Failure Mode Shifts in Fatigue of Sandwich Beams
D Zenkert, M Burman (Kungliga Tekniska Högskolan)
Failure mode shifts of a sandwich beam subjected to fatigue loading in four-point bending will
be investigated experimentally. It is predicted that the beam will fail by core shear for high
load levels (few number of cycles to failure) and by face tension failure for low levels (large
number of cycles to failure). (B6:7)
Experimental Investigation of Blast Resistance and Energy-Absorption
Characteristics of Sandwich Composites with Stepwise Graded Cores
A Shukla, E Wang, N Gardner (Univ of Rhode Island)
Damage Zones and their Growth in Sandwich Composites under Hull
Slamming Loading Conditions
G Ravichandran, M Silva (California Institute of Technology)
The evolution of failure mechanisms in sandwich structures under dynamic fatigue loading
conditions is analyzed. Damage initiation threshold and growth is characterized as a function
of loading duration, frequency and amplitude of pulses imparted on sandwich panels. Thermal
imaging techniques reveal the presence of damage within the composite samples. (B6:9)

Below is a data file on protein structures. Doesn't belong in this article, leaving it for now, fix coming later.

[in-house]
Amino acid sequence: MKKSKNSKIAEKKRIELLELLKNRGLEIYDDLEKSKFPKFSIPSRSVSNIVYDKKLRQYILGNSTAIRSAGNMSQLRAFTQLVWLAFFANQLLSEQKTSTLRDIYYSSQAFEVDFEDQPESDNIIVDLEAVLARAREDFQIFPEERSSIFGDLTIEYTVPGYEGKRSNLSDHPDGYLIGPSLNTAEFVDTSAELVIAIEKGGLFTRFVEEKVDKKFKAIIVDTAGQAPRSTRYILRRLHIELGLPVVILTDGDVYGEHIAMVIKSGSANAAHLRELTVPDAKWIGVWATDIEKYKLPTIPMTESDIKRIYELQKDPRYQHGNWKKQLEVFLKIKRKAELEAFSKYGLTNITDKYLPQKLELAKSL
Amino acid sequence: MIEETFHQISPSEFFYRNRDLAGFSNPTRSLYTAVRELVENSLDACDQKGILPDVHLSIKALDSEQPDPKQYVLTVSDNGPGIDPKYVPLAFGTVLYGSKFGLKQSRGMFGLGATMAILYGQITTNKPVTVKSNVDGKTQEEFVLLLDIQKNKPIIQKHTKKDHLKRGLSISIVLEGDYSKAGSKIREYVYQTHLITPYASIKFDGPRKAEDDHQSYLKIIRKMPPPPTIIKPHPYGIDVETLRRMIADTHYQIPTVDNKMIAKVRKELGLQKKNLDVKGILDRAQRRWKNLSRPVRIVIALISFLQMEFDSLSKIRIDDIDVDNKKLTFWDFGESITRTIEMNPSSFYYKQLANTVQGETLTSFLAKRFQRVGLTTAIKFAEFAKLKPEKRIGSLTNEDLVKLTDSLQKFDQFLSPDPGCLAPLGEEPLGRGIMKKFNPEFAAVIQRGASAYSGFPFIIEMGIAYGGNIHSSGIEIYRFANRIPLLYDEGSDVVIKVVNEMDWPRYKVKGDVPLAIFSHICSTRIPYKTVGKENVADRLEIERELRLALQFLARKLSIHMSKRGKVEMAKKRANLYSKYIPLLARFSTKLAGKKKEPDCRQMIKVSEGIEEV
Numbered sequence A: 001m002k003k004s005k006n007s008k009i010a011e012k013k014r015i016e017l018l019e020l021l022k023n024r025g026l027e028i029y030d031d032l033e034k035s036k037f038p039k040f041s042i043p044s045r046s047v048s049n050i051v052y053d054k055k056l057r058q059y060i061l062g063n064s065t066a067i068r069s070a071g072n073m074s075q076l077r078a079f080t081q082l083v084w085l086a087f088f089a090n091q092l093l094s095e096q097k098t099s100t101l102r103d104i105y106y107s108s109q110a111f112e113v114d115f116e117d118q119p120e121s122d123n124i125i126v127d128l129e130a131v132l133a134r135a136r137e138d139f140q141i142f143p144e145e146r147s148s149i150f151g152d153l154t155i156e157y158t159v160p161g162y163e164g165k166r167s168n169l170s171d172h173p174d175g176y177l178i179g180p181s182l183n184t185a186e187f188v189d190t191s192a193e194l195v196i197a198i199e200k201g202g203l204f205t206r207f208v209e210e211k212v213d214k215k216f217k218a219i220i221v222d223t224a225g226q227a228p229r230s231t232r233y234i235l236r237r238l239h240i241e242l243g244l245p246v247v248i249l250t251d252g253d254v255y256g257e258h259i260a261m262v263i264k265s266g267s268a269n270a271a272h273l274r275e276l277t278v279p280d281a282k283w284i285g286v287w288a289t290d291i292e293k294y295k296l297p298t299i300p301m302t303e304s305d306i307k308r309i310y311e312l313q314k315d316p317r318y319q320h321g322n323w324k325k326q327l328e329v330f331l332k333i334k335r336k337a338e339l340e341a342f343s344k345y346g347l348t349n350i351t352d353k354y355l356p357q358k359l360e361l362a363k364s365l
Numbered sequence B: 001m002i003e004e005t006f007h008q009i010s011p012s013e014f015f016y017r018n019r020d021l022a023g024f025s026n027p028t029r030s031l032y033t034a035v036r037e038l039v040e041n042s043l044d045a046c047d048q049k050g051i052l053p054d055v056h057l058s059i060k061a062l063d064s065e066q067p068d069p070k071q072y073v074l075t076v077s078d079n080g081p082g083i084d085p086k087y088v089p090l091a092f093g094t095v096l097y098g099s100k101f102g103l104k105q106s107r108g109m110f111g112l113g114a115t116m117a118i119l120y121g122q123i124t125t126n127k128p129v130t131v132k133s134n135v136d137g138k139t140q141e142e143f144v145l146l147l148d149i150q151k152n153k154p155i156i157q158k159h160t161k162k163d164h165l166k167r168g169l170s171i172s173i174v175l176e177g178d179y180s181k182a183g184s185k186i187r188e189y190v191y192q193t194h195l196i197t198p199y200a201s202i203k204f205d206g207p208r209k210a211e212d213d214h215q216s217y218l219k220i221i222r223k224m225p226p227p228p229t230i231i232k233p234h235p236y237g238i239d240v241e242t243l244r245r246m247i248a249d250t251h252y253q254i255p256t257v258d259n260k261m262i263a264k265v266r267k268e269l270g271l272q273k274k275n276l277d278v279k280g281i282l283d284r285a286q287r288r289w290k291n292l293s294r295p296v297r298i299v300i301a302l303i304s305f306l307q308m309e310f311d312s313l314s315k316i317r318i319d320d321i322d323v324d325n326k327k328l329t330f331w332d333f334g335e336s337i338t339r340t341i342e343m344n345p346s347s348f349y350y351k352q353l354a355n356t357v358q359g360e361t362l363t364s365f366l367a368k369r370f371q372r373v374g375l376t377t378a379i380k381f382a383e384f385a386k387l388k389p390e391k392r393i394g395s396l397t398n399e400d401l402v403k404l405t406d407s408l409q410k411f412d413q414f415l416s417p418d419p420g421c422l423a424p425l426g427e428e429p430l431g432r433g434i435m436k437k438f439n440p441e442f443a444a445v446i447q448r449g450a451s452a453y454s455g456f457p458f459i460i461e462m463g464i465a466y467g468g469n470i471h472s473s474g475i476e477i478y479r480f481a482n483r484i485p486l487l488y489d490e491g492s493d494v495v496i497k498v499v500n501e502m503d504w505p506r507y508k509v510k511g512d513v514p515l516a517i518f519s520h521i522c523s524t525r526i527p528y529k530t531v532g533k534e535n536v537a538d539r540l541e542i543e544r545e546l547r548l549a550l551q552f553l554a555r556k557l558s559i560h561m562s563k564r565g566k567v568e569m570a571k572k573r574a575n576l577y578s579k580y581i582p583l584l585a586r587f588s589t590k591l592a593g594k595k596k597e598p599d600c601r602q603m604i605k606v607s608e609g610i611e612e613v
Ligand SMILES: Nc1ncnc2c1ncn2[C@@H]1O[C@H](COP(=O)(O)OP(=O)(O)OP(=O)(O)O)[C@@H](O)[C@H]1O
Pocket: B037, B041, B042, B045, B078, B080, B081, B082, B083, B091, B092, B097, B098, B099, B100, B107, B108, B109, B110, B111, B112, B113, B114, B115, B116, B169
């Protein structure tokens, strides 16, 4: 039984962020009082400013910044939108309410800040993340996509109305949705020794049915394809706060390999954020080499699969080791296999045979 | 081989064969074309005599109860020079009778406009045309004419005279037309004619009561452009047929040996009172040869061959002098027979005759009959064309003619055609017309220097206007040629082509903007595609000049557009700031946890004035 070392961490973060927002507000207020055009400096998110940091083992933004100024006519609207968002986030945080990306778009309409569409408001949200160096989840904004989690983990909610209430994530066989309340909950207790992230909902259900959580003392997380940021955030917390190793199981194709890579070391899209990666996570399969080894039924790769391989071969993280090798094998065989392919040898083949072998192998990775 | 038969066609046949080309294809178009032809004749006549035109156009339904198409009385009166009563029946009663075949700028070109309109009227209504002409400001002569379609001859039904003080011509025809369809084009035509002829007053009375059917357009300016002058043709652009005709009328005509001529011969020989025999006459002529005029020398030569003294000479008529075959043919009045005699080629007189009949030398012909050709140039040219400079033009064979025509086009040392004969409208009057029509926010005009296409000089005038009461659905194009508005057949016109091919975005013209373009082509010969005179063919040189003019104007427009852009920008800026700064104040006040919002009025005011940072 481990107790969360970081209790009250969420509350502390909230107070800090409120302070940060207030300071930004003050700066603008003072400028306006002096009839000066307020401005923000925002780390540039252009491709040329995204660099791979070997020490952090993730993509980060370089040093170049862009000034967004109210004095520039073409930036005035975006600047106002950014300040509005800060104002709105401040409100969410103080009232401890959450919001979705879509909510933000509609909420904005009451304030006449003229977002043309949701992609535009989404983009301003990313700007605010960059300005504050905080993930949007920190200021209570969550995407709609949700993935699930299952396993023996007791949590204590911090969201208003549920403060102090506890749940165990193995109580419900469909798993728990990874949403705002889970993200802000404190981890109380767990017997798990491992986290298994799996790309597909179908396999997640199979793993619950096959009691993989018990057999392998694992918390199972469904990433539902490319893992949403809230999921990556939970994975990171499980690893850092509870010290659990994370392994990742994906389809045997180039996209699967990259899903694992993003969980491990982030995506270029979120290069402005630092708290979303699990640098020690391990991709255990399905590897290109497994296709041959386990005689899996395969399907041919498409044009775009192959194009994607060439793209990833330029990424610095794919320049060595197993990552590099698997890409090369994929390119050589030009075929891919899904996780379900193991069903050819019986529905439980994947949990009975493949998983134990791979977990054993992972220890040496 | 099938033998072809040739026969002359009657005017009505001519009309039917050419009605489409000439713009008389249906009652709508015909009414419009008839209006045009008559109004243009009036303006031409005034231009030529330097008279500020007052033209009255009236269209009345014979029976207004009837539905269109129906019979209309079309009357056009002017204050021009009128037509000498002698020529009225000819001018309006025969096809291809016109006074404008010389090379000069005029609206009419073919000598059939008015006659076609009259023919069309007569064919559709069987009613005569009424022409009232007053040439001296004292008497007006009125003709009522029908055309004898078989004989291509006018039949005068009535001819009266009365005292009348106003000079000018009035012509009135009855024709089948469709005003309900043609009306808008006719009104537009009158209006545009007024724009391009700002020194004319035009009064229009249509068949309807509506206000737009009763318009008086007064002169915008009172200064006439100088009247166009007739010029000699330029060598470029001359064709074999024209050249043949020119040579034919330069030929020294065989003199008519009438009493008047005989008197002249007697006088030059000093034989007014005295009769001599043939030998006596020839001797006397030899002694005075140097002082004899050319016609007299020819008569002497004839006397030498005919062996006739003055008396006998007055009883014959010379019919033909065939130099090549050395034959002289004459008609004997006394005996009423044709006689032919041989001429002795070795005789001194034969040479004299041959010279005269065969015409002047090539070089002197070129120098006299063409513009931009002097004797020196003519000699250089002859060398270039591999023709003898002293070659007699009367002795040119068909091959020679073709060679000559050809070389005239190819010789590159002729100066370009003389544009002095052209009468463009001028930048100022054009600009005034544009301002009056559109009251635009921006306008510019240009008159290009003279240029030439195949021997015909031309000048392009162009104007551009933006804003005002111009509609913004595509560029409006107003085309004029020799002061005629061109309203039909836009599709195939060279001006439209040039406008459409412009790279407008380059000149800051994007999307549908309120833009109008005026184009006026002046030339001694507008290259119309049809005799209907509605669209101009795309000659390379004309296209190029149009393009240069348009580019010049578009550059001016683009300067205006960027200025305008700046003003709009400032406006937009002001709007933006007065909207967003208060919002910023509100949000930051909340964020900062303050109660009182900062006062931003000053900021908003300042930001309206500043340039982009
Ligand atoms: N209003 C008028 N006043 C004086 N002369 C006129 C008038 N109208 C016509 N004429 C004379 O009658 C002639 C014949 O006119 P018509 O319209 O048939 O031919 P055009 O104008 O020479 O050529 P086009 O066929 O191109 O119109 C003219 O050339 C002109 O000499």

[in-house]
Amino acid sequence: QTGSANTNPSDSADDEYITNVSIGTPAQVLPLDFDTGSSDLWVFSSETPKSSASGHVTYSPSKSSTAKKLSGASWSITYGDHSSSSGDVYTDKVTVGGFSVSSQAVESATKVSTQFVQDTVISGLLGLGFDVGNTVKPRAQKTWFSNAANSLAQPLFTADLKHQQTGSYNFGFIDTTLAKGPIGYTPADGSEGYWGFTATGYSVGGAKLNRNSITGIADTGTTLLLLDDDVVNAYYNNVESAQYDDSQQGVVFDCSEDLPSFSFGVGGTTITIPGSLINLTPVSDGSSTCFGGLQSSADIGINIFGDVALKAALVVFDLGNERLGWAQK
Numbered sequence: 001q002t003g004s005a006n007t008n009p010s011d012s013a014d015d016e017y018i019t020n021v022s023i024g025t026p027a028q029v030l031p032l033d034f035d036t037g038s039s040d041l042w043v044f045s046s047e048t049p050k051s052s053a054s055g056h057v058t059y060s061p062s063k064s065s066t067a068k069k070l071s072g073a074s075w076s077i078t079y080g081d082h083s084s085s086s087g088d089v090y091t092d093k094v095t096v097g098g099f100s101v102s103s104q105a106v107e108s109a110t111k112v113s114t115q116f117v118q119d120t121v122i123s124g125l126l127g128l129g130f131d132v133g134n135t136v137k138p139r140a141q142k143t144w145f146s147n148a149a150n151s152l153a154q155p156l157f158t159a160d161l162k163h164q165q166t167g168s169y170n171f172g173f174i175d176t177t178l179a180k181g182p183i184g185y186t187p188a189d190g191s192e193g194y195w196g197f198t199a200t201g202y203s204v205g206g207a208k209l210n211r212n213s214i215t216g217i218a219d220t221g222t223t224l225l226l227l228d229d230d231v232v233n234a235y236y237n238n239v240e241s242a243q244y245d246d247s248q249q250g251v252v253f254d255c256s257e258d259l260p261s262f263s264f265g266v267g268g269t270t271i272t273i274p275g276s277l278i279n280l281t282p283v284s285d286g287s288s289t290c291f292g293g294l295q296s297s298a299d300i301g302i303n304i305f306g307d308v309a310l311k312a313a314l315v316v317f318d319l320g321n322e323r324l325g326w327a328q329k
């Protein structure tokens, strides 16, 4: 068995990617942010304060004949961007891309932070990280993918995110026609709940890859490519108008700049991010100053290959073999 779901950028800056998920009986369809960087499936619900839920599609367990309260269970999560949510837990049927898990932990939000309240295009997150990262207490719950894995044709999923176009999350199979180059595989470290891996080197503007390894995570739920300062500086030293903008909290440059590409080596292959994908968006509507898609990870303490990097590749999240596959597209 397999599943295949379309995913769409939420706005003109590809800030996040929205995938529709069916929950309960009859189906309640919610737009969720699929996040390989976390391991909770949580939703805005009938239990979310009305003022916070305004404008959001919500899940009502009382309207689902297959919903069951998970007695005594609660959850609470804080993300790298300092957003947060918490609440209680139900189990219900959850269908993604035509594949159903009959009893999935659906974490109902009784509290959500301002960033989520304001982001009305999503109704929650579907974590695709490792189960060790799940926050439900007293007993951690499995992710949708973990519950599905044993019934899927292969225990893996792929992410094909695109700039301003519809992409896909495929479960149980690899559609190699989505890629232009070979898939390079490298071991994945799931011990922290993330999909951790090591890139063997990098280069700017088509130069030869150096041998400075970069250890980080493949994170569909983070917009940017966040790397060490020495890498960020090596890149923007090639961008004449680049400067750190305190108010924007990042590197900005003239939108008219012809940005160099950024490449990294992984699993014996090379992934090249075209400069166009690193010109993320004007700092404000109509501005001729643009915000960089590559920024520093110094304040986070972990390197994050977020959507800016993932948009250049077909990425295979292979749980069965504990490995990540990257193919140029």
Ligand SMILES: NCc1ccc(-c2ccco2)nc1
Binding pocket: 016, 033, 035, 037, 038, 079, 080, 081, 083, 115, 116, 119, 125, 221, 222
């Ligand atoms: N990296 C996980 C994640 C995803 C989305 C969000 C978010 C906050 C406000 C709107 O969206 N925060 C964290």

Dynamic Behaviour of Sandwich Beam with Internal Resonators
CT Sun, J-S Chen (Purdue Univ)
A foam core sandwich beam with embedded internal resonators is studied for its dynamic
behaviour. The sandwich beam is modelled as a Timoshenko beam with attached masses.
For harmonic waves with wave frequencies near the resonance frequency of the internal
resonators, the flexural motion is almost totally suppressed. (B6:10)
Repeated Slamming of Foam Core Sandwich Composite Panels on
B Shafiq, S Charca, F Just (Univ of Puerto Rico)
Wave slamming was simulated by repeatedly slamming rectangular foam core sandwich
composite specimens mounted on a rigid wedge onto the body of calm water. Experiments
were conducted as a function of slamming energy level and deadrise angle in order to
generate an E-N (slamming energy vs lifetime) curve. (B6:11)
Global Buckling of Sandwich Beams/Wide Panels: An Elasticity Solution
and Comparison with Sandwich Buckling Formulas
G Kardomateas, G Simitses (Georgia Institute of Technology)
Novel Experimental Techniques to Determine Fracture Toughness of
Cellular Foam and Sea Water Effects
D Penumadu, J Weitsman, A Siriruk, K Thomas (Univ of Tennessee)
A new experimental setup has been developed that can measure mode-1 fracture toughness
of foam core material for sandwich composites with controlled crack growth that is channelled
along the mid plane. Techniques to obtain mixed mode fracture behaviour by the application
of combined tension and torsion on flat, pre-cracked foam specimens will be presented.
Immersed and Dry Fatigue Behaviour of Carbon Fiber and Vinyl Ester
Sandwich Facing Materials
J Weitsman, D Penumadu, A Siriruk (Univ of Tennessee)
Experimental results for carbon fiber reinforced vinyl ester composites that serve as facings